The Name of the Game: Keeping a Good Reputation in Sports

From halfway around the world, I got a message from my wife—“Have you seen the replays of Odor punching Bautista?” We are baseball fans in my family, and we religiously follow the Texas Rangers. My wife kept me updated while I was on a recent trip to the republic of Georgia.

Rougned Odor is the up-and-coming, fiery second baseman for the Rangers. Jose Bautista is the perennial all-star outfielder for the Toronto Blue Jays. After a series of bat flips, hard slides, and trash talking stretching back to last season, the bad blood came to its zenith with Odor’s hard right hook to the jaw of Bautista. The replays of the fight between these two players blew up the feeds on my social media page, and it has been the talk of Major League Baseball for days.

In a moment of confession, I have to admit that I felt a little satisfaction after watching the replay for the first time. It was retribution for Bautista’s home run that effectively ended the season for the Rangers last year. But then I started thinking about my son. What would I think if he landed a right hook to the jaw of an opposing player? What if he taunted the pitcher after hitting a ball over the fence?

Sports can bring out the best in us at times—loyalty, teamwork, perseverance. Sports can also bring out the worst in us—anger, pride and violence. I love the fact that my children participate in sports, but I want to teach them how to do it the right way, and sometimes watching our favorite teams is not the best way to learn.

Proverbs teaches us that a good reputation is of inestimable value. Solomon writes, “A good name is to be more desired than great wealth; favor is better than silver and gold” (Proverbs 22:1). There is no doubt that both Odor and Bautista will suffer in their reputations after this incident. If my son participated in a similar altercation, his reputation would also suffer greatly.

Not only would my son suffer a loss of reputation, but my name would be tainted as his father. Whether it were true or not, those who witnessed such behavior would assume I taught him to behave that way or, at the very least, tolerated such behavior. It would take a long time for both of us to restore our reputations.

In my quest to consume all the opinions about the infamous fight, I came across an interesting piece of commentary from former Major League catcher Gregg Zaun (who happens to be a television analyst for the Blue Jays). He contrasted the taunting and arrogance of some players with the behavior of Mariano Rivera, perhaps the greatest closer of all time. About his own experience of being struck out by Rivera, Zaun said, “When was the last time you saw Mariano Rivera fist pump somebody? You know, I thought it was pretty demoralizing when that guy struck me out and just walked off the field like it was a foregone conclusion that … he was going to strike me out. … He didn’t need to celebrate the mundane and the everyday.”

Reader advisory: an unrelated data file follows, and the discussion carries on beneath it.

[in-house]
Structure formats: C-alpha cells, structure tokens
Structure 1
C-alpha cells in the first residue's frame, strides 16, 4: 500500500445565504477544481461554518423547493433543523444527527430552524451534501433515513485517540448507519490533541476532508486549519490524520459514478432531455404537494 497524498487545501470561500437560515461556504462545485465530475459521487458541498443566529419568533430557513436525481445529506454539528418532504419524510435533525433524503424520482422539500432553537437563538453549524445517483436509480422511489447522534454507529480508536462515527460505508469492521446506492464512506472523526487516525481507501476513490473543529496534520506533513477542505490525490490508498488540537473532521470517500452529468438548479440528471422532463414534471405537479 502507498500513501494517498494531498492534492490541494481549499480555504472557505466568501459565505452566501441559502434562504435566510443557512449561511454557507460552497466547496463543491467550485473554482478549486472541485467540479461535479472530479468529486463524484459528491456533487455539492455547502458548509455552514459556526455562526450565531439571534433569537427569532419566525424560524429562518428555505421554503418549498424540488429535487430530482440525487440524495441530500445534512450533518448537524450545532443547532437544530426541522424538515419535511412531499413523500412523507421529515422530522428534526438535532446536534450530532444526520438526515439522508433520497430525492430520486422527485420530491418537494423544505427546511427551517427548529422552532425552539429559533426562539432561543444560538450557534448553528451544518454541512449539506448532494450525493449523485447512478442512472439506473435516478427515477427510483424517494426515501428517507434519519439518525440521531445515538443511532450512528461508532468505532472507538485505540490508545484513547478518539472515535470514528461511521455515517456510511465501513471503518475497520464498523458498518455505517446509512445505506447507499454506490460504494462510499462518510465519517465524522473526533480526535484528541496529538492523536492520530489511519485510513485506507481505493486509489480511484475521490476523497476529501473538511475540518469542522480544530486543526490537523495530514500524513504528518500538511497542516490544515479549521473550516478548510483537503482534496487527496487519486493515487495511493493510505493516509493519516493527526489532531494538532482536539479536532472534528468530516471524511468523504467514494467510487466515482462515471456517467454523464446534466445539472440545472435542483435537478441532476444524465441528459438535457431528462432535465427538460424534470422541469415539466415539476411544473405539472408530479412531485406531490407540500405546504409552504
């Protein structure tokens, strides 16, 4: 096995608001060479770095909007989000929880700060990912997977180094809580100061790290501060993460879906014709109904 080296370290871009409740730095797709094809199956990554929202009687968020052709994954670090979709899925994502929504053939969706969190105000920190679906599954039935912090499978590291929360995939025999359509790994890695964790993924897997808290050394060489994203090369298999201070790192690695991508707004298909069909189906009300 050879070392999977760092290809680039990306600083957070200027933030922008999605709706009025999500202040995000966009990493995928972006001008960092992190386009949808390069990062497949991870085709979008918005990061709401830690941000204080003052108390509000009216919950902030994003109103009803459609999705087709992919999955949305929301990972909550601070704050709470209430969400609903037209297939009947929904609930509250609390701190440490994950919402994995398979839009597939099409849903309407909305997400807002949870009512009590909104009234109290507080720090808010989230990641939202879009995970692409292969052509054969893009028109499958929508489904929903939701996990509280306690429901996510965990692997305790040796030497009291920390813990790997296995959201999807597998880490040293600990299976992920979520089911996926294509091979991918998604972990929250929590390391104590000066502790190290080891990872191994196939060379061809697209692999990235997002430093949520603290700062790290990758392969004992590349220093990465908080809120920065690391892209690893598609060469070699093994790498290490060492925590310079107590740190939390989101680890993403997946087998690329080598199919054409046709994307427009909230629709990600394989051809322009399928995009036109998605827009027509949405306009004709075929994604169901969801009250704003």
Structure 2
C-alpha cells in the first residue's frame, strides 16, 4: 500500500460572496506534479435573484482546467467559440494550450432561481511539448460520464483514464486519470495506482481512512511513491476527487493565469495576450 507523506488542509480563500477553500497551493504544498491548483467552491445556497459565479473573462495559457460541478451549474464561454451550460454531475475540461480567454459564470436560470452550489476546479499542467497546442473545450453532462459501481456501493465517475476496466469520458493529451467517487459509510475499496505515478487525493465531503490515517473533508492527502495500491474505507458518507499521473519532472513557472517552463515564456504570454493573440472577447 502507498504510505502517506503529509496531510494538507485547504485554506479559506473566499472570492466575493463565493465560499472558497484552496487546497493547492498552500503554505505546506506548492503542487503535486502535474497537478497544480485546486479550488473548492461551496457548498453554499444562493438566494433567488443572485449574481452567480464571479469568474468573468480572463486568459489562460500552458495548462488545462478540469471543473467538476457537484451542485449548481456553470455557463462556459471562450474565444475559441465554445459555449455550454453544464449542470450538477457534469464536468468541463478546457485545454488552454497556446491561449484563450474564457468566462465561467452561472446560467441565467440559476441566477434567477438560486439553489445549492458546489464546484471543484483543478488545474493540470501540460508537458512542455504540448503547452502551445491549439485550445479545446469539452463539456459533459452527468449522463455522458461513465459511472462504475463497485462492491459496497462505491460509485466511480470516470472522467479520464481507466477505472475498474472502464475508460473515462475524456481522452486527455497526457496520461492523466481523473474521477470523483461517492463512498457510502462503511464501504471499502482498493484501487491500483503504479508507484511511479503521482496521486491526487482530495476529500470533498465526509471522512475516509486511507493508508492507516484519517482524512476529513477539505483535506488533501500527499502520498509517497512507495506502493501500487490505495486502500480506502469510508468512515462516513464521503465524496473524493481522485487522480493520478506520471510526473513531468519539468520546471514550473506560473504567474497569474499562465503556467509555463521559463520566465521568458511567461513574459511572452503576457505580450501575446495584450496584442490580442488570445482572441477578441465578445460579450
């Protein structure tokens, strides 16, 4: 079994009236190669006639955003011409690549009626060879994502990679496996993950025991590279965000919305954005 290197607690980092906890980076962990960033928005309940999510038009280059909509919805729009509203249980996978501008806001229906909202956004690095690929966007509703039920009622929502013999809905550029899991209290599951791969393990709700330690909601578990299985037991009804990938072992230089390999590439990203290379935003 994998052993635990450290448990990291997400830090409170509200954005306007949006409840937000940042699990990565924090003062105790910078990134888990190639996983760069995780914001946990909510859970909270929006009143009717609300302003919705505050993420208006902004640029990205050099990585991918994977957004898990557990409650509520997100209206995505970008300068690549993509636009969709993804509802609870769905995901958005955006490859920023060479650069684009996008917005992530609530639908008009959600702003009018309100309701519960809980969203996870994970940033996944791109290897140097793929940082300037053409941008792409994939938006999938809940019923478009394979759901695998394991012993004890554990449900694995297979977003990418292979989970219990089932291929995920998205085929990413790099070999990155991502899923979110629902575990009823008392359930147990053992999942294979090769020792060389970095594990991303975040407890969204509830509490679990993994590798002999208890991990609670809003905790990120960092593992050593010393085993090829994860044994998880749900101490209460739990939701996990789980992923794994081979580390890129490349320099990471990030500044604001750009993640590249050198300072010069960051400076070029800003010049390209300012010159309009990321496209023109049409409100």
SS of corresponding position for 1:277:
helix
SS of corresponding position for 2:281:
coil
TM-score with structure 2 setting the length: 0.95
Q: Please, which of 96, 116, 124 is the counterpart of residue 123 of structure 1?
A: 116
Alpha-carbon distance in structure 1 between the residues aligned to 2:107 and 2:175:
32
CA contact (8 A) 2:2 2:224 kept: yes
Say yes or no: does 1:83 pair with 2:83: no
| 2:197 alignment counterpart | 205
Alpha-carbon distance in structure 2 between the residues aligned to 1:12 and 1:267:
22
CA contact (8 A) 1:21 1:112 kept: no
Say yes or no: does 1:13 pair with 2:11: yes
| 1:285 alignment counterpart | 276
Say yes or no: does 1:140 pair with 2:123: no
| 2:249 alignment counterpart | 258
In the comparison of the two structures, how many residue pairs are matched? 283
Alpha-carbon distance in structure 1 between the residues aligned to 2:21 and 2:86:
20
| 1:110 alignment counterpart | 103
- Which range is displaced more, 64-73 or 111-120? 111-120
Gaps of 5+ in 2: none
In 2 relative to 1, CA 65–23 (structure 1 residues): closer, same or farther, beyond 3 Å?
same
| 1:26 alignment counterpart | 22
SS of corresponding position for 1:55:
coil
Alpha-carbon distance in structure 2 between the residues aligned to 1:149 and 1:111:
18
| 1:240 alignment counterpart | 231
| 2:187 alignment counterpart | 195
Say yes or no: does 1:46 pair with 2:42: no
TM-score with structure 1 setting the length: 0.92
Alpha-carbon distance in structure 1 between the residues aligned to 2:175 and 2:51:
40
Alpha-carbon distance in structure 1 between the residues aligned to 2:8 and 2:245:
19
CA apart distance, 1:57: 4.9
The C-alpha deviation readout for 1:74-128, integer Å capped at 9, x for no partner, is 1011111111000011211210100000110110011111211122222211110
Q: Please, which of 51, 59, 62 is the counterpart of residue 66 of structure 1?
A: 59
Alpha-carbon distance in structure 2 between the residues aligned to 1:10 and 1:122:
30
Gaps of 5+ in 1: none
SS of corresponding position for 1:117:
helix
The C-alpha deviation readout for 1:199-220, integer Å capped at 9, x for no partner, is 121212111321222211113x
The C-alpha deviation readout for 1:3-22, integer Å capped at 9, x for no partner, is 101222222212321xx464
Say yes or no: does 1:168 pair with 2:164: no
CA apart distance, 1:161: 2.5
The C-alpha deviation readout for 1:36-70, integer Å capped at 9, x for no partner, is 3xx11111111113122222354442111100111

Rivera is actually a good example in this case. He played for the New York Yankees, one of the most popular and most hated teams in the league. His ability to close down games in the ninth inning was integral to helping the Yankees win five World Series championships and his own appearance in 13 All-Star Games. Beyond all of his successes, Rivera was always known as a class act. You could hate the Yankees, but it was almost impossible to hate Rivera. Though feared for his cut fastball, Rivera was revered for his humility, kindness and faith.

This leads me back to the type of player I want my son to be. Do I want him to be the kid who taunts his opponents and starts a fight in the infield? Or would I rather him be a well-respected player, known for his commitment, attitude and faith? I’ll take the latter (even if it means he has to play for the Yankees).

How can I lead my son to be a man of integrity on the field? This takes me back to Proverbs. No less than six times in the first seven chapters of Proverbs, Solomon tells his son to listen to his instructions and wisdom. This implies that the king was constantly teaching his son how to follow God. He taught him to pursue wisdom and avoid folly. He taught him to receive instruction and discipline well. He taught him to fear God. My son will probably never make the majors, but his reputation will follow him wherever he goes. There is no amount of money that can make up for a bad reputation. Now it is up to me to teach him to build a good name on and off the field. May we not let our sports fanaticism damage our names. There is no amount of wealth that can replace the value of a good reputation.

[Photo licensed by Associated Press]

Evan Lenow

Evan Lenow

Assistant Professor of Ethics, Director of the Center for Biblical Stewardship, and Director of the Richard Land Center for Cultural Engagement at Southwestern Baptist Theological Seminary
Dr. Lenow is an Assistant Professor of Ethics and teaches in the School of Theology. He is married to Melanie and has four children - Molly, Elizabeth, William, and Laurel.
Twitter: @evanlenow
Website: evanlenow.com
Evan Lenow

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